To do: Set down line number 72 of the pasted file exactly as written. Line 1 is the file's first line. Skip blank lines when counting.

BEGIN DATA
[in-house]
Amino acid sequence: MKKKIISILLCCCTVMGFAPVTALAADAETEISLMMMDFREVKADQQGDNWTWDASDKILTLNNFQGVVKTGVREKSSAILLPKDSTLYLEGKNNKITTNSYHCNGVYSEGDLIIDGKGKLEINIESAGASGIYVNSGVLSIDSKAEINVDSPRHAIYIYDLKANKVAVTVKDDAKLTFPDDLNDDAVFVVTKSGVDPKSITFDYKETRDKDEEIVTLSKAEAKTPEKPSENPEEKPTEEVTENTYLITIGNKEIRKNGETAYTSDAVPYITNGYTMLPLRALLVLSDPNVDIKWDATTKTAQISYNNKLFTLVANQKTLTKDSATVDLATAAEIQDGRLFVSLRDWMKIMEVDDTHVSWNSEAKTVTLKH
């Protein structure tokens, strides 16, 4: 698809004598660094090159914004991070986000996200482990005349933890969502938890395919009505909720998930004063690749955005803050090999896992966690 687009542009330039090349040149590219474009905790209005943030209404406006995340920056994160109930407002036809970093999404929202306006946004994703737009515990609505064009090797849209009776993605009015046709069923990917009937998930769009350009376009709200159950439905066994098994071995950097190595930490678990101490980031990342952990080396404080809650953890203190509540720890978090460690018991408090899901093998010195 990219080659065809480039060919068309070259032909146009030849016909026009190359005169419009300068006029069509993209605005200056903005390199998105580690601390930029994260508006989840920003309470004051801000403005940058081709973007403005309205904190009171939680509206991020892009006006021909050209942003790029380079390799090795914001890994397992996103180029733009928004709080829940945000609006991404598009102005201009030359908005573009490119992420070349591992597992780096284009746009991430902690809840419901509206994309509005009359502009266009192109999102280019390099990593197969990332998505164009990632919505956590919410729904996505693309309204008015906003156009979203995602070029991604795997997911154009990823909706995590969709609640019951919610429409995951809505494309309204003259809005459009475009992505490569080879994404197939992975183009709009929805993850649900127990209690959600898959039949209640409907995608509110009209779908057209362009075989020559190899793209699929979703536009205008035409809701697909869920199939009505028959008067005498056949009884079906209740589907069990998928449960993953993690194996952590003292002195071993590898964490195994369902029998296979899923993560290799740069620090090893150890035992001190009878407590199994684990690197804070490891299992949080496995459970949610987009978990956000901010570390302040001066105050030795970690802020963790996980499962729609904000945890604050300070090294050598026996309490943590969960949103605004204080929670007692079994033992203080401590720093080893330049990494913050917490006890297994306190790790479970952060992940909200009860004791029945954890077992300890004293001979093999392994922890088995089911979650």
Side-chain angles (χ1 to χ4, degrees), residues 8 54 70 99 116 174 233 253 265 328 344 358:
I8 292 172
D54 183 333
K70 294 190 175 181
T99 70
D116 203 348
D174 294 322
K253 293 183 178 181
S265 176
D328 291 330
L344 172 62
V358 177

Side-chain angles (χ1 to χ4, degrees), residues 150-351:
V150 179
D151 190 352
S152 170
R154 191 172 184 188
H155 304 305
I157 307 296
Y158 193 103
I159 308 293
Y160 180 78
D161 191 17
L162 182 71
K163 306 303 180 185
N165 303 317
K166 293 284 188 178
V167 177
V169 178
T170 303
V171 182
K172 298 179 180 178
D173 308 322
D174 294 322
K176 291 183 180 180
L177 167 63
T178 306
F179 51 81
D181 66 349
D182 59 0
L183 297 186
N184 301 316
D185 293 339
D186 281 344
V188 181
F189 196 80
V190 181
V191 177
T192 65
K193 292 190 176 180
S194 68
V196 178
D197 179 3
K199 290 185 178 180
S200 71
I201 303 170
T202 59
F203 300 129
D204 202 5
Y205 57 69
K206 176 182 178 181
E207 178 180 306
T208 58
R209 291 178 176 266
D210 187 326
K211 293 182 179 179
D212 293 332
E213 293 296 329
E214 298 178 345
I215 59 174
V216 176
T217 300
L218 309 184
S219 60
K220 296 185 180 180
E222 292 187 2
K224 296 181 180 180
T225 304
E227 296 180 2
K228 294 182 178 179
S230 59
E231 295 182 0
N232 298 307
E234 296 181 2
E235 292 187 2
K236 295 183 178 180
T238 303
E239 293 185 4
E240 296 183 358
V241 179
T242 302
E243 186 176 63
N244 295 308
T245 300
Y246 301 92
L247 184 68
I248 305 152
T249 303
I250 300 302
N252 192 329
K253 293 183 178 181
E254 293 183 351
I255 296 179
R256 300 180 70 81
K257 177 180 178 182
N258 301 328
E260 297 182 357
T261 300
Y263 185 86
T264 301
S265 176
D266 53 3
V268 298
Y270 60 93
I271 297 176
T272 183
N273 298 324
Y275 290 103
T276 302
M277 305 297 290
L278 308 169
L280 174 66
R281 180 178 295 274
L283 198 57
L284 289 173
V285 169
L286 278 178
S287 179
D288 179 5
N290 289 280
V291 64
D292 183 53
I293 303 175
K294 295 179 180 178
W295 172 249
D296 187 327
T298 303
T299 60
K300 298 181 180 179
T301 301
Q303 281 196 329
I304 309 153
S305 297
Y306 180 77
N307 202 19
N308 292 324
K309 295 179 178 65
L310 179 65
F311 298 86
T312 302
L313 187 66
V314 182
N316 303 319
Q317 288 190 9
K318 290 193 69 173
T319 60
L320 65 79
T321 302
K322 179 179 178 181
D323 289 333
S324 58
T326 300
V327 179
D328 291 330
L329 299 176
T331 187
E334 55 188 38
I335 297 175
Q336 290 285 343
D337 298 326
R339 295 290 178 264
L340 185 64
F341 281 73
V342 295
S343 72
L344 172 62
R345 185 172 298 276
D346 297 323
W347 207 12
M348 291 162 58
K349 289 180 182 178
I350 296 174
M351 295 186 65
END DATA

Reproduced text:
E214 298 178 345